Stephen Dinan, Washington Times, April 14, 2015
The administration is deporting fewer criminal aliens than it did last year, according to new statistics released Tuesday that undercut President Obama’s justification for his new amnesty, which he said was intended to free agents to focus on the most dangerous of criminals by focusing on “felons not families.”
Instead, both arrests and deportations of criminal aliens are down about 30 percent through the first six months of fiscal year 2015, signaling that agents, who have been told to stop focusing on rank-and-file illegal immigrants, have not been able to refocus on criminal illegal immigrants instead.
The data, released by House Judiciary Committee Chairman Robert W. Goodlatte at the beginning of a hearing with U.S. Immigration and Customs Enforcement Director Sarah Saldana, also showed that the 30,558 criminal aliens ICE knowingly released back into the community in 2014 had amassed nearly 80,000 convictions, including 250 homicides, 186 kidnappings and 373 sexual assaults.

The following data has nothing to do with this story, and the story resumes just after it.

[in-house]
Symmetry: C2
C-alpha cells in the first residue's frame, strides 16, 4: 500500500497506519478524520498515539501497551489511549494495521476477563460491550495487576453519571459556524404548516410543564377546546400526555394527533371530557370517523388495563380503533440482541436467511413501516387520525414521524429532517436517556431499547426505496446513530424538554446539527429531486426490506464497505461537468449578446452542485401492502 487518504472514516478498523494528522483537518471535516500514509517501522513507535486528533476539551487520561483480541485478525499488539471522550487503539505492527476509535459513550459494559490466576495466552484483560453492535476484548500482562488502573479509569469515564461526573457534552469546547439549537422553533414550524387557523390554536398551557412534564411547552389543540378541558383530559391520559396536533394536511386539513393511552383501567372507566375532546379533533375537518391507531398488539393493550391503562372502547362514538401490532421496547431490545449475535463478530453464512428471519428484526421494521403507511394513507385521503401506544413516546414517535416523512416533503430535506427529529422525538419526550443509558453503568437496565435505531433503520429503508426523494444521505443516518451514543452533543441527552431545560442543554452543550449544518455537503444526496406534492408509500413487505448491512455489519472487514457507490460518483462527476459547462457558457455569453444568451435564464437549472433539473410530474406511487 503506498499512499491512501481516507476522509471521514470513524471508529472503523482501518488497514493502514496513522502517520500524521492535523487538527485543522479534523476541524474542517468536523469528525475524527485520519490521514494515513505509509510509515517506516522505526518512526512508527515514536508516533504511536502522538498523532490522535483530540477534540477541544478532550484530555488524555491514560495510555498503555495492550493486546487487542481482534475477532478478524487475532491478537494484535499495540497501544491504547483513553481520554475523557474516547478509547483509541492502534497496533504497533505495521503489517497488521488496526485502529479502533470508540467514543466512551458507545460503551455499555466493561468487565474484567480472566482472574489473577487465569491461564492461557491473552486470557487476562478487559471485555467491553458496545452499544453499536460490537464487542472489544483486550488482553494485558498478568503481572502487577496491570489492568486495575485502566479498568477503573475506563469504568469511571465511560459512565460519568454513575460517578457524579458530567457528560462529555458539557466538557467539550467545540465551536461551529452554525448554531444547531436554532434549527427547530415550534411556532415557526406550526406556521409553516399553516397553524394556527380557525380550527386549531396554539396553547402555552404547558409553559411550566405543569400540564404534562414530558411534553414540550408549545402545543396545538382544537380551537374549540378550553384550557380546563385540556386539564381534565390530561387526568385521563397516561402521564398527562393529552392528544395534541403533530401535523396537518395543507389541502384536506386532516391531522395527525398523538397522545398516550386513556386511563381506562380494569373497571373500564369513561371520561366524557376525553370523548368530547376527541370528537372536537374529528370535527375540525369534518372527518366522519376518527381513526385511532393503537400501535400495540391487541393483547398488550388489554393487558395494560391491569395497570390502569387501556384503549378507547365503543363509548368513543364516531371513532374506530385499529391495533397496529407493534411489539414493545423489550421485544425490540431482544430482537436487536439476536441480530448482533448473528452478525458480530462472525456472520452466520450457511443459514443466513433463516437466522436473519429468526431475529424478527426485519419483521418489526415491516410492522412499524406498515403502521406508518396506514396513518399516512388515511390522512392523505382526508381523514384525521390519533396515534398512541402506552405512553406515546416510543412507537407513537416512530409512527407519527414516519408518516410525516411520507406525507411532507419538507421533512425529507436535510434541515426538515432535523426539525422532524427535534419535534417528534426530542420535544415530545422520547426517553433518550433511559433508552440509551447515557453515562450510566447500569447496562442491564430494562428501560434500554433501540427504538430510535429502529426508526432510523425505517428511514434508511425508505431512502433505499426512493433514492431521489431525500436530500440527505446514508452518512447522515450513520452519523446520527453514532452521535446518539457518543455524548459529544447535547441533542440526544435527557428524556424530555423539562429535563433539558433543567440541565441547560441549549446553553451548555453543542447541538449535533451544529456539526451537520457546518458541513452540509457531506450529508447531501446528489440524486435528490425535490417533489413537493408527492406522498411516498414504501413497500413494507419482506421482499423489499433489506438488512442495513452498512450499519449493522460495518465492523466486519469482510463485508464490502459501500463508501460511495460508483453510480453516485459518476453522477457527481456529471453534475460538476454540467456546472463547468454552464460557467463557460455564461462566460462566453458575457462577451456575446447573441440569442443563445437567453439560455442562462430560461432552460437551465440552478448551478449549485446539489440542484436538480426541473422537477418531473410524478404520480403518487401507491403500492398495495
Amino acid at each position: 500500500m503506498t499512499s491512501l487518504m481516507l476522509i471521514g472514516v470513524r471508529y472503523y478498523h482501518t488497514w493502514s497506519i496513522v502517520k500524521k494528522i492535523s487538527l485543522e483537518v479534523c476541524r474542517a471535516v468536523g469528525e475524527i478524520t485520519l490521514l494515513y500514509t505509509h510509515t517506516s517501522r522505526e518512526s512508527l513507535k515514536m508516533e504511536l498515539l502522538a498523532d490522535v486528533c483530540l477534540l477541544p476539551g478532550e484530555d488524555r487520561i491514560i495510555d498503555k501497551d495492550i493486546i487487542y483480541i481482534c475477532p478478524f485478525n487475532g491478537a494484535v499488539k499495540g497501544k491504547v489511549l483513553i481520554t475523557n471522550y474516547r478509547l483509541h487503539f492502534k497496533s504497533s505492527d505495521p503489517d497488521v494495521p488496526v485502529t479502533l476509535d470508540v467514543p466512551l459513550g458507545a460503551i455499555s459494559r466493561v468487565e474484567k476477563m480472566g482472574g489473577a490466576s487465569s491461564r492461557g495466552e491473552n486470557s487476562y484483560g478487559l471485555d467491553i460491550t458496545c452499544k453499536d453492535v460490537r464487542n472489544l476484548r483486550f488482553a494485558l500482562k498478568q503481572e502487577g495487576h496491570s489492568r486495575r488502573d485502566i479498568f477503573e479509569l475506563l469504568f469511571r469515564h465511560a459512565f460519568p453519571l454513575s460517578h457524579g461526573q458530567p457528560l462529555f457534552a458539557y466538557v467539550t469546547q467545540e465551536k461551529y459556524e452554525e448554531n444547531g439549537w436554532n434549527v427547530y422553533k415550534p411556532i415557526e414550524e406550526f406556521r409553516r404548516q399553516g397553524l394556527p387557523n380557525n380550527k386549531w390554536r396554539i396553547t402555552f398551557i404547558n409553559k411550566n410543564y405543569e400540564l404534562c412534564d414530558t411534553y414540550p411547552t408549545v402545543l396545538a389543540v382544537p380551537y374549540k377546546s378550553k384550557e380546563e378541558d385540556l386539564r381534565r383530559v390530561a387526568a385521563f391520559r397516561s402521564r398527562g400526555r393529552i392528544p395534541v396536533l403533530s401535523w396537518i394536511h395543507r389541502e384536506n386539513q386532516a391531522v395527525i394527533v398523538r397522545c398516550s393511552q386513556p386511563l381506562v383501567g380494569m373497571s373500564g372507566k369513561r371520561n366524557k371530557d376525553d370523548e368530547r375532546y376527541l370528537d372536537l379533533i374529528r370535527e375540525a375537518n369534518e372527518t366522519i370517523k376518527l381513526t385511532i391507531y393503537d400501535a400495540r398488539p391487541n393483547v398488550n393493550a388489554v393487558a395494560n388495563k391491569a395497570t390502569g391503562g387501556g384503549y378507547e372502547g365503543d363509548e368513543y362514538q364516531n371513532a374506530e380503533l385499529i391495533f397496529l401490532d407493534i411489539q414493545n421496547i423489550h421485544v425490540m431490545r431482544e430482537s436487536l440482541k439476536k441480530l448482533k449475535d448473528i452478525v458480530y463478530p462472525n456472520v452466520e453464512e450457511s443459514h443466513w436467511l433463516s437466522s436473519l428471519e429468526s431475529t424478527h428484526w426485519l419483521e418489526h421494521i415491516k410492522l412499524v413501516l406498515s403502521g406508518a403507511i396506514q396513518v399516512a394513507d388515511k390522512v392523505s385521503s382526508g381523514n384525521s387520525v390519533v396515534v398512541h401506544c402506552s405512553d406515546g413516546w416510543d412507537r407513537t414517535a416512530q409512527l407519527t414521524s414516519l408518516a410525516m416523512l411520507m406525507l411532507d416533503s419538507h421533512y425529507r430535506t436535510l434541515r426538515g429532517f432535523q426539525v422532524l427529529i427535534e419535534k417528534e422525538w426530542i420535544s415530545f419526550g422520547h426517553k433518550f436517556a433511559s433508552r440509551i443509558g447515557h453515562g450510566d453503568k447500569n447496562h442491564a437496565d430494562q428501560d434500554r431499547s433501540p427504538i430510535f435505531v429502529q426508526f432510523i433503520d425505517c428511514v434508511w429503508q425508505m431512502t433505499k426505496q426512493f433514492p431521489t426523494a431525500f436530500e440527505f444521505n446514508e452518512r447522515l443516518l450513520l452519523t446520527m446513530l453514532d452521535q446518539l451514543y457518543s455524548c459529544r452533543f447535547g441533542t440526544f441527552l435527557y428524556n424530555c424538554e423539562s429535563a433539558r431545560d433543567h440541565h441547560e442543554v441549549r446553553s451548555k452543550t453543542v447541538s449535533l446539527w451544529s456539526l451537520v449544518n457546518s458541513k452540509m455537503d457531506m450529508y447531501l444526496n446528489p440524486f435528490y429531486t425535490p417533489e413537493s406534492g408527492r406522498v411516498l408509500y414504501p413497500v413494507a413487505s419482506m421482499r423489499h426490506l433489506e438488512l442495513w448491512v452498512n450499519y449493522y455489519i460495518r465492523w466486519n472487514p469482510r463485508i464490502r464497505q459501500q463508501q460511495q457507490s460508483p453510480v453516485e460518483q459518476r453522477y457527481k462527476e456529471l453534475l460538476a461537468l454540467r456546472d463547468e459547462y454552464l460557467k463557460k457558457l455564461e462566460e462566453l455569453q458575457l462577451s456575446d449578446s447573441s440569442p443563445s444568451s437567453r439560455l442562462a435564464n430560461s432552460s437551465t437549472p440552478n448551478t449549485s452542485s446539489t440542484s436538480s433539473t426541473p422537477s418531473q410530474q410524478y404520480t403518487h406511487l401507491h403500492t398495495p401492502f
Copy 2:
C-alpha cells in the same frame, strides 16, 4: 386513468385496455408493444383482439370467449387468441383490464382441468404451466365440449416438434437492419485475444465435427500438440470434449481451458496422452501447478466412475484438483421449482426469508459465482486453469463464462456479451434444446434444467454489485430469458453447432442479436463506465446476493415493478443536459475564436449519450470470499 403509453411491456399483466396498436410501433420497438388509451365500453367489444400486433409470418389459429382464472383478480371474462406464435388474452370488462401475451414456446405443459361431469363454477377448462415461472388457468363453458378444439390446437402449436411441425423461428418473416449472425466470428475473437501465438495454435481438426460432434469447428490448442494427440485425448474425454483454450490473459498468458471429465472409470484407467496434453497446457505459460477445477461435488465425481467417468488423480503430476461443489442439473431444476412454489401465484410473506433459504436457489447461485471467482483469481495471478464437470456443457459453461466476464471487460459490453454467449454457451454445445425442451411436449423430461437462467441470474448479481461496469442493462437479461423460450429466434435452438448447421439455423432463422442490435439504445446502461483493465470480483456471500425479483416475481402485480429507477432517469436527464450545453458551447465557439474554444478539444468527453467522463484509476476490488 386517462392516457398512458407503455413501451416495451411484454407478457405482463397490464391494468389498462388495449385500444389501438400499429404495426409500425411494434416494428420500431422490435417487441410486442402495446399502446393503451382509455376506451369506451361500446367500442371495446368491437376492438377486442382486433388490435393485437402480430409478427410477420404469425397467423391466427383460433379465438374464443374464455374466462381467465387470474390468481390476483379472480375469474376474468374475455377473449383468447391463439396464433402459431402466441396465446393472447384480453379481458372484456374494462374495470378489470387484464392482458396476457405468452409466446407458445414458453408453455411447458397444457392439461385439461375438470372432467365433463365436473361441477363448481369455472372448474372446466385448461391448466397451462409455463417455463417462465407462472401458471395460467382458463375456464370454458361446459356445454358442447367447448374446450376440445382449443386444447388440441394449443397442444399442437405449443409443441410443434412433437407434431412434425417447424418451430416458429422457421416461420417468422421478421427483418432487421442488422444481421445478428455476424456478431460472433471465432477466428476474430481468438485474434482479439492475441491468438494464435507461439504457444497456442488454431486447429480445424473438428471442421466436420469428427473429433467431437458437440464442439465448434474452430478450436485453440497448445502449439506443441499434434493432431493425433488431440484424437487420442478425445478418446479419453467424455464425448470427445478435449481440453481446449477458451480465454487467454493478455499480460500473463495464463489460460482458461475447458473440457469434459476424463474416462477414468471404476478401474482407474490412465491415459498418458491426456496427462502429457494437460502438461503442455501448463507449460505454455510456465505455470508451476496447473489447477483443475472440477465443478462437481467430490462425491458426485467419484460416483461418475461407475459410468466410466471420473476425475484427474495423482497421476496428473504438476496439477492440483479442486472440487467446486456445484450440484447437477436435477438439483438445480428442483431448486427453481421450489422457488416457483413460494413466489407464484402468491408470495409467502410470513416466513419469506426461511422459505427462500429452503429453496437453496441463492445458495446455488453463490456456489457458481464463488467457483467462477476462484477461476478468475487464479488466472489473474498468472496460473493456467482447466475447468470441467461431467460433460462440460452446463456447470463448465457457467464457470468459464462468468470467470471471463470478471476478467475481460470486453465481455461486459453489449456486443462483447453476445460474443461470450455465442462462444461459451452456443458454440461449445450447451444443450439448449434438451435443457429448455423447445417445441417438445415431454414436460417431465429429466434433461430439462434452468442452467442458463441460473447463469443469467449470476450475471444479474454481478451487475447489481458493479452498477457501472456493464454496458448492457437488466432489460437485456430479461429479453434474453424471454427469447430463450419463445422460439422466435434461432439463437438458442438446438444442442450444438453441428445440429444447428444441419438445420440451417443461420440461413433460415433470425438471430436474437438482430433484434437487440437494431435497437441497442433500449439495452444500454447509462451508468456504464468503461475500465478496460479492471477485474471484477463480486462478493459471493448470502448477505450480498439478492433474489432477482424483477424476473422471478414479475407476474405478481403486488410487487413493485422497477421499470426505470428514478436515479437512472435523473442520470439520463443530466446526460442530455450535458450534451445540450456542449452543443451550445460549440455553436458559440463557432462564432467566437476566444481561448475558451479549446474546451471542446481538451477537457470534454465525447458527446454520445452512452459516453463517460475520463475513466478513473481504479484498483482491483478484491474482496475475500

According to the statistics, the aliens released by ICE had amassed 13,636 convictions for driving under the influence, 1,589 weapons offenses, 994 aggravated assaults, 56 arsons and 31 smuggling offenses.
The Obama administration has claimed that many of those releases are required by court order stemming from a years-old Supreme Court ruling, Zadvydas v. Davis, that says immigrants can’t be held indefinitely and if their home countries won’t take them back, they must eventually be released.
But the new numbers suggest those released are a small fraction. Of the nearly more than 30,000 criminal aliens released, only 2,457 were cut loose because of considerations stemming from the Zadvydas ruling, the House committee said. And for the serious crimes, only about half the homicide convictions and a third of the kidnapping convictions were Zadvydas-related releases.
ICE also says that even when people are released from detention, they are still being monitored and are supposed to check in, and to return for their court hearings.